Glasgow based clothing retailer Quiz starting selling online in 2005, and has recently launched a completely redesigned version of its website.
According to Lost Ferret, the company behind the redesign, results are promising so far, with a doubling of conversion rates over the past month.
I’ve been having a closer look at the Quiz website from a user experience perspective…
Homepage / navigation
The homepage is nice and clear, and relatively uncluttered and well laid out, while things like the latest trends, footwear and jewellery ranges are given prominent promotion.
Navigation options are clear, you can head straight into the various product ranges by choosing from the menu heading at the top, or through the site search function, though the site search box could perhaps be made a little clearer, as it tends to blend in a little with the background.
One nice touch is the ability to search for all items by colour from the homepage:
Product search / filtering
Whether you choose the colour selector, search by keyword, or browse through the site, you will have the same filtered navigation options to help users narrow down their product selection.
The ability to filter by size, category, colour and price is enough to narrow most searches down to a manageable level, and the fact the number of products in each filter is shown helps users to avoid returning no results at all:
The site search works well enough too, and seemed to pick up on most misspellings I tested, suggesting sensible alternatives. The key is to avoid returning no results and leaving shoppers at a dead end, but this only happens if you enter random letters.
A nice touch on the product results is the ‘quick look’ option which allows you to click on a particular item and zoom in for more information about the item, which also includes the ability to select size and add to basket. This means that shoppers can view more items without having to visit each product page.
These are clear and manage to get across all the information that customers will want to see before they decide on a purchase; product description, size information, returns policies etc. My only major criticism is that the photos could be better, showing clothes from more angles for instance.
It gives shoppers a push by making it clear that they can have next day delivery if they order within a certain number of hours, always a good idea to appeal to people who want the item as soon as possible.
Elsewhere, further useful information, such as a size guide, and detailed delivery charges are presented on pop outs:
Basket / checkout
The shopping basket page is pretty good, laying out selected products and total charges clearly, while also providing all the necessary information on payment options, site security, while a clear contact number and the offer of assistance should customers need it is a great idea at this stage.
It even provides a basket reference number so customers can get straight to the point if they do decide to call customer services.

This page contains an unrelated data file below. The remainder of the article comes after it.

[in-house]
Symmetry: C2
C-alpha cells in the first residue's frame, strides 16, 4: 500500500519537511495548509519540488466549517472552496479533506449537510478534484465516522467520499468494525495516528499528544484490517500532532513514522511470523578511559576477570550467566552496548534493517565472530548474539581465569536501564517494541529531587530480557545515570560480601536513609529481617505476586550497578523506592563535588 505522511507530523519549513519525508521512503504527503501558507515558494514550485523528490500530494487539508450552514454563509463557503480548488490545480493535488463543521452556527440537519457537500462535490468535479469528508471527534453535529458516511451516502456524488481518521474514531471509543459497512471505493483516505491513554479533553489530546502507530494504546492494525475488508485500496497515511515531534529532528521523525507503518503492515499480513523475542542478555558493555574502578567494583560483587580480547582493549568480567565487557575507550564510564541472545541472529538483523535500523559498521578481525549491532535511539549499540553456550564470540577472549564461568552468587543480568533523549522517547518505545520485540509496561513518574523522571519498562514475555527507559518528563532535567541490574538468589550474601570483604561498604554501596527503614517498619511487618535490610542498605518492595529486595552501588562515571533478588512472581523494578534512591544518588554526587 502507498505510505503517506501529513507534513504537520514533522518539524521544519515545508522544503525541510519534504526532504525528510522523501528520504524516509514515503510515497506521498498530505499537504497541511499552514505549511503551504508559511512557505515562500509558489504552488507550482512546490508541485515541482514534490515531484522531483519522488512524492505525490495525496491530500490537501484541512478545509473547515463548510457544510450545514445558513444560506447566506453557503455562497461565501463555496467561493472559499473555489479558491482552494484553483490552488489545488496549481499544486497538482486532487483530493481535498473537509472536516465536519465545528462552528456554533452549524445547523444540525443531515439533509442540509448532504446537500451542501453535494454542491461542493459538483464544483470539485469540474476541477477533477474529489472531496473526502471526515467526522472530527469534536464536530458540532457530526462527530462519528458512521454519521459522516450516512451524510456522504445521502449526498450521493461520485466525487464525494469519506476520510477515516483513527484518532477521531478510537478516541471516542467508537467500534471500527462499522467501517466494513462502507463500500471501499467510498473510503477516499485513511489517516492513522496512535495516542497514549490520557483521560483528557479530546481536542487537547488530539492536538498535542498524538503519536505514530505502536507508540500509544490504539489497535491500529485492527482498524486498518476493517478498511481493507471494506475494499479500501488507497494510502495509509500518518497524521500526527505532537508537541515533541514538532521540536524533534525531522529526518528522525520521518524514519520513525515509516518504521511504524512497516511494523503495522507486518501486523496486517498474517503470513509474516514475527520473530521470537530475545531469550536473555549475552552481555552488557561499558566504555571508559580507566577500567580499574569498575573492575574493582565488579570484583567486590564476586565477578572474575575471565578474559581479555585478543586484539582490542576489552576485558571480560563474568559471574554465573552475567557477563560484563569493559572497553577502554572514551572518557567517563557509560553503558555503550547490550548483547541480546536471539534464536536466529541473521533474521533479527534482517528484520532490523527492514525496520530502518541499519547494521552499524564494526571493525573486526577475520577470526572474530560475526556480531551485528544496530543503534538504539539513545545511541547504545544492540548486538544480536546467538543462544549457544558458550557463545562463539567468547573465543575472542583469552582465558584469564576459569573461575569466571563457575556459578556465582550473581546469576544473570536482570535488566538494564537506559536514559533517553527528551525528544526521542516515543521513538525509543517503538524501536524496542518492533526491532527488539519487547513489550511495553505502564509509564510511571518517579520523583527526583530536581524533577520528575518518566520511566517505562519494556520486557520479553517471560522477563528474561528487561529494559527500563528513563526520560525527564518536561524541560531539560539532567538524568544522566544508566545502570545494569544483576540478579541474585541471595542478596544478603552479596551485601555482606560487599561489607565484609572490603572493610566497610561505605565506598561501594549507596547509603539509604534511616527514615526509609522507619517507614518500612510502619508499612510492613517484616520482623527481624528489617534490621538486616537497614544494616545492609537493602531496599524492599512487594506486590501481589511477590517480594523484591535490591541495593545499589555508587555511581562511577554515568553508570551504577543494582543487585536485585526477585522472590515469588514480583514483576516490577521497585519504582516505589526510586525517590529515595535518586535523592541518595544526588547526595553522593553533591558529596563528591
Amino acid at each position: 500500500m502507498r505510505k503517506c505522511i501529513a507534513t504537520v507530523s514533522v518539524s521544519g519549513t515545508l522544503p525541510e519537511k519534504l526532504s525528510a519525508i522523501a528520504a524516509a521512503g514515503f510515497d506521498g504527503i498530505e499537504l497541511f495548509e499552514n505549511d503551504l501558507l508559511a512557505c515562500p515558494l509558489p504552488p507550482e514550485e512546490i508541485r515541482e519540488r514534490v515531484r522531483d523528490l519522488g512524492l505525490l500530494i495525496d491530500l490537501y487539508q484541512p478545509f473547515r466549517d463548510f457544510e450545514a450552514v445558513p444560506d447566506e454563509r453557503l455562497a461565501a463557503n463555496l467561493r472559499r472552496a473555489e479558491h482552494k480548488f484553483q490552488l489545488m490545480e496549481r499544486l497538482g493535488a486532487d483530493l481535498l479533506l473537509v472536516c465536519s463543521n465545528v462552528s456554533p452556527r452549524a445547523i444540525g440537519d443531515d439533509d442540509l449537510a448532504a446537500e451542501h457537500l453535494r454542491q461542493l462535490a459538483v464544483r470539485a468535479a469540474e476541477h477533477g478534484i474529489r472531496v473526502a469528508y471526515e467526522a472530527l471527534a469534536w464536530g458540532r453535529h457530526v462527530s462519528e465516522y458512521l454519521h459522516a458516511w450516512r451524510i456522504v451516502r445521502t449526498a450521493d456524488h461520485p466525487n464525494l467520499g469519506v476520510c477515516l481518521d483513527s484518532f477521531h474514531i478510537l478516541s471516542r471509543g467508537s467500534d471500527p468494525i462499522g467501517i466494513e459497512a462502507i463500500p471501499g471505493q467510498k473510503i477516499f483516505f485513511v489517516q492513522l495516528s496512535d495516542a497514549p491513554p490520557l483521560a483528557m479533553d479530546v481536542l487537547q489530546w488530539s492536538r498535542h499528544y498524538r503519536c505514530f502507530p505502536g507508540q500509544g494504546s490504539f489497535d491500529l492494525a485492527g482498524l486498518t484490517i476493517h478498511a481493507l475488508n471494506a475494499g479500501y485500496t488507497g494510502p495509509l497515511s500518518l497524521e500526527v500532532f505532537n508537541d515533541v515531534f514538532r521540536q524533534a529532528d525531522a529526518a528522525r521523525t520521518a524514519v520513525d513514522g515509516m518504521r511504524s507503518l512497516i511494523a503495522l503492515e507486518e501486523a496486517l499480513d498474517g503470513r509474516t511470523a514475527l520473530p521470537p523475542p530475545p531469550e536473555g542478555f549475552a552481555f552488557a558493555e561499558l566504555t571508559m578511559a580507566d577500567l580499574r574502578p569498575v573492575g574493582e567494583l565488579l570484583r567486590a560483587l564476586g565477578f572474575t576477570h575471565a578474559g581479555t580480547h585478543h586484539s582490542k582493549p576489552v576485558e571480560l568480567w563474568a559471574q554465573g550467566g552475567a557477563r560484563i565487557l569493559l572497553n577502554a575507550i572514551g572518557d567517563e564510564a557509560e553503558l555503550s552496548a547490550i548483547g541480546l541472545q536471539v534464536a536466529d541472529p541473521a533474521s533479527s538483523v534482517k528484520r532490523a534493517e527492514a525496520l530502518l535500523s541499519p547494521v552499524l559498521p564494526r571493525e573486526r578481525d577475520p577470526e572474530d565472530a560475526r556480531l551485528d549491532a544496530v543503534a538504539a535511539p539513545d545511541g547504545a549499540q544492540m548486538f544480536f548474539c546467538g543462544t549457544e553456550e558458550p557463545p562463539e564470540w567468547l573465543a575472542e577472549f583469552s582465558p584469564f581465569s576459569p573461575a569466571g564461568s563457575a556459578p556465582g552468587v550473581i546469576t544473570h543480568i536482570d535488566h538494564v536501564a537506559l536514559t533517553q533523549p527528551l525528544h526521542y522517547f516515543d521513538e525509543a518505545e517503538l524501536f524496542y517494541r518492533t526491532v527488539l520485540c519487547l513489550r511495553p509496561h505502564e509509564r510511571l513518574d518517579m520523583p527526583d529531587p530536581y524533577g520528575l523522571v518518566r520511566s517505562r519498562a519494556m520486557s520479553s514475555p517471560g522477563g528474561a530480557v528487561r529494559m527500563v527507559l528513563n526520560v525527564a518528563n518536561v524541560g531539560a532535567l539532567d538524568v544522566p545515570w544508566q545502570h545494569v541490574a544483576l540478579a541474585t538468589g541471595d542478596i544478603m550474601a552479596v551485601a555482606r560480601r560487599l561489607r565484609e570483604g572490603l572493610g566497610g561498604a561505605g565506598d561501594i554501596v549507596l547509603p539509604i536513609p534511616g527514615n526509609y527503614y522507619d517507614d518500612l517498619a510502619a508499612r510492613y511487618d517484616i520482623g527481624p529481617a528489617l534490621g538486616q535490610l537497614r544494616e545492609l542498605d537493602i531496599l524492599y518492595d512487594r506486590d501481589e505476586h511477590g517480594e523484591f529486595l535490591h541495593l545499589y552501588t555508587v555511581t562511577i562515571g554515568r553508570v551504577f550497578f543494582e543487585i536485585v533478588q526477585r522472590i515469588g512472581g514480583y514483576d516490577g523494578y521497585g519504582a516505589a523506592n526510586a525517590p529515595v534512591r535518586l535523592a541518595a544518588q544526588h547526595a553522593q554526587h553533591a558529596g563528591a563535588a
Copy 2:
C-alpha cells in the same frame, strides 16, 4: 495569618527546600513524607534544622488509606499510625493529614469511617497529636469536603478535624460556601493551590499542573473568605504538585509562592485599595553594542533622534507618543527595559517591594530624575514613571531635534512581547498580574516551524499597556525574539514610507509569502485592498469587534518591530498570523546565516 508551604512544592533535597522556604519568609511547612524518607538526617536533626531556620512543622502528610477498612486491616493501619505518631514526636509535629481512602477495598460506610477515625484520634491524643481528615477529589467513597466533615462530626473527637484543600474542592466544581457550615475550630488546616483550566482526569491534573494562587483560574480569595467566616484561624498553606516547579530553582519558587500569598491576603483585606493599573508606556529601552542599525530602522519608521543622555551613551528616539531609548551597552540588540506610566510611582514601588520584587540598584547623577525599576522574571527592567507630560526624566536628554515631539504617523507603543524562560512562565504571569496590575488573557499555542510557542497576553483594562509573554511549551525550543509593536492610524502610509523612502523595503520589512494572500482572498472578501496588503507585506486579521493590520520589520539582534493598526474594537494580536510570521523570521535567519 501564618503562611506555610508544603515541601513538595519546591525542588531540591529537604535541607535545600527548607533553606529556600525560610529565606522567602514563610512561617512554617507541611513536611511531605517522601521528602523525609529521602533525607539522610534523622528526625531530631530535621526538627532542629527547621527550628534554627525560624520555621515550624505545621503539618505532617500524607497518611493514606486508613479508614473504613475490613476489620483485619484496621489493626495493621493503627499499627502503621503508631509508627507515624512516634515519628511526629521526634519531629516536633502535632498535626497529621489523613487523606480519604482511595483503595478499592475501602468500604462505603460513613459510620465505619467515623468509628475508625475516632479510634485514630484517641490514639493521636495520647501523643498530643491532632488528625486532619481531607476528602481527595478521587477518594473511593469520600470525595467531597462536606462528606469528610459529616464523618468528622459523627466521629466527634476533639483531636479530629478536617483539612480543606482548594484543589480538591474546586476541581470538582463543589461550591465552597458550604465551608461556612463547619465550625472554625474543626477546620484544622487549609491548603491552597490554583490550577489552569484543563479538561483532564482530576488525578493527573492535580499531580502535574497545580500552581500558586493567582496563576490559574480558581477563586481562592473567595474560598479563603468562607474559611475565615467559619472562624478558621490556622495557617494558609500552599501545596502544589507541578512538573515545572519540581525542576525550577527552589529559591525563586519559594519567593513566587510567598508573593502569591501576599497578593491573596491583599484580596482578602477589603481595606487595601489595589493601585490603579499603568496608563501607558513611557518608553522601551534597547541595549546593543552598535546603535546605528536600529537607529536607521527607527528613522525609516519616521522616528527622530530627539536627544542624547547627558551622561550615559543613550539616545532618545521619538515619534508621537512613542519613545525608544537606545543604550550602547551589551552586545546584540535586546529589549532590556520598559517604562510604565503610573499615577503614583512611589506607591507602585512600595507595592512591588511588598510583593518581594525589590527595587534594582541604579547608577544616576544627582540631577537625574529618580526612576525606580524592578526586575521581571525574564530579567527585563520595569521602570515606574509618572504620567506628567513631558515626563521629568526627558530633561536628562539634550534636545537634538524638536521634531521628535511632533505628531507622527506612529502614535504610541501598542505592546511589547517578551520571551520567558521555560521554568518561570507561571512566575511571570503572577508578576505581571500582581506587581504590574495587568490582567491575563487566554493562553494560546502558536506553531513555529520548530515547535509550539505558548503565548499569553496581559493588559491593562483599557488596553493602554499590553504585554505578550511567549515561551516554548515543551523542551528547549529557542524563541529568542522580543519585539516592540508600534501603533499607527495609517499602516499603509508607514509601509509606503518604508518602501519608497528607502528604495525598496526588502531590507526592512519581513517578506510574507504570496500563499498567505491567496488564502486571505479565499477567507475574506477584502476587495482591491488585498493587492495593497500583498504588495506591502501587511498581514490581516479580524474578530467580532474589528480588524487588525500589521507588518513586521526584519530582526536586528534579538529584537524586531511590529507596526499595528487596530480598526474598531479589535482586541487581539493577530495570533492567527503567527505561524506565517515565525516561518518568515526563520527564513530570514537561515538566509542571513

This clear contact number, along with the Verisign sybol, and privacy information, all serve to reassure customers and help them to trust the site with their payment details.
I also like the fact that PayPal is offered alongside the usual card payment methods (I’m told that Google Checkout will also be added shortly). Surveys have suggested that customers want alternative payment options, and it certainly makes sense for retailers to make it easy for as many customers as possible to shop on the site.
Like The Book Depository, Quiz clothing has gone for a one page checkout process, making the progression from shopping basket to the confirm order button as smooth as possible.
If shoppers use the postcode lookup tool, they will have the minimum of data to input before making the purchase, which makes a lot of sense.
As with the basket page, reassurance is provide in the form of a clear contact number, as well as a useful summary of the order on the right of the page, while the process is enclosed to concentrate users’ minds.
Quiz takes an interesting approach to the issue of registration, not even giving customers the option to register before checkout, thus removing a potential obstacle.
There is some debate over the best way to handle registration on e-commerce sites, but this seems like a good way to do it, and users have the option of registering simply by entering a password before they confirm the order:
According to Lost Ferret, less than 50% of shoppers have chosen to register so far, so perhaps it is something that most users prefer not to do. There is the point that registration can make repeat purchases easier by avoiding the need to re-enter address details, but when the process is as smooth as it is here, this may not be a problem.
There are some great examples of e-commerce best practice in the Quiz redesign, things like the display of a clear contact number throughout the site and delivery details can do a lot to reassure customers about shopping with a particular retailer.
The checkout process is impressive, and with the removal of compulsory registration and a one-page checkout, couldn’t be much smoother. It would be interesting to know what effect this has on conversion rates.